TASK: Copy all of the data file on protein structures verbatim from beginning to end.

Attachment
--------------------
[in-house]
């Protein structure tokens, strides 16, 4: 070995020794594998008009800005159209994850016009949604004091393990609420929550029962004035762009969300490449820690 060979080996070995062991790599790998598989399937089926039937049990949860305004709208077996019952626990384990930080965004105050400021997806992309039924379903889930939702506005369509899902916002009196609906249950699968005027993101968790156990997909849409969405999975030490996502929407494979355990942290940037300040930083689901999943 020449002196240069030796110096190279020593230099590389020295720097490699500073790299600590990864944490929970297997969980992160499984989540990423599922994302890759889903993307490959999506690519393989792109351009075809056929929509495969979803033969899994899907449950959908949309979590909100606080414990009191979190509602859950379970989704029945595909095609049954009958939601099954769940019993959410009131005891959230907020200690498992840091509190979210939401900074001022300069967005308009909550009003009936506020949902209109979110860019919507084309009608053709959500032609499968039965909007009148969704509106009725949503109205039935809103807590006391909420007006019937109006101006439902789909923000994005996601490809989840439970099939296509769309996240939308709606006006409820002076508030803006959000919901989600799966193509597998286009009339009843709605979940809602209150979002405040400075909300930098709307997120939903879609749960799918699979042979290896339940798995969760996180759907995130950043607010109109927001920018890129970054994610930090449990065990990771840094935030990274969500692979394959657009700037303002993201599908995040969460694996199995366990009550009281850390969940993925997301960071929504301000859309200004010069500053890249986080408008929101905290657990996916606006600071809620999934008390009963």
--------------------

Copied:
[in-house]
């Protein structure tokens, strides 16, 4: 070995020794594998008009800005159209994850016009949604004091393990609420929550029962004035762009969300490449820690 060979080996070995062991790599790998598989399937089926039937049990949860305004709208077996019952626990384990930080965004105050400021997806992309039924379903889930939702506005369509899902916002009196609906249950699968005027993101968790156990997909849409969405999975030490996502929407494979355990942290940037300040930083689901999943 020449002196240069030796110096190279020593230099590389020295720097490699500073790299600590990864944490929970297997969980992160499984989540990423599922994302890759889903993307490959999506690519393989792109351009075809056929929509495969979803033969899994899907449950959908949309979590909100606080414990009191979190509602859950379970989704029945595909095609049954009958939601099954769940019993959410009131005891959230907020200690498992840091509190979210939401900074001022300069967005308009909550009003009936506020949902209109979110860019919507084309009608053709959500032609499968039965909007009148969704509106009725949503109205039935809103807590006391909420007006019937109006101006439902789909923000994005996601490809989840439970099939296509769309996240939308709606006006409820002076508030803006959000919901989600799966193509597998286009009339009843709605979940809602209150979002405040400075909300930098709307997120939903879609749960799918699979042979290896339940798995969760996180759907995130950043607010109109927001920018890129970054994610930090449990065990990771840094935030990274969500692979394959657009700037303002993201599908995040969460694996199995366990009550009281850390969940993925997301960071929504301000859309200004010069500053890249986080408008929101905290657990996916606006600071809620999934008390009963």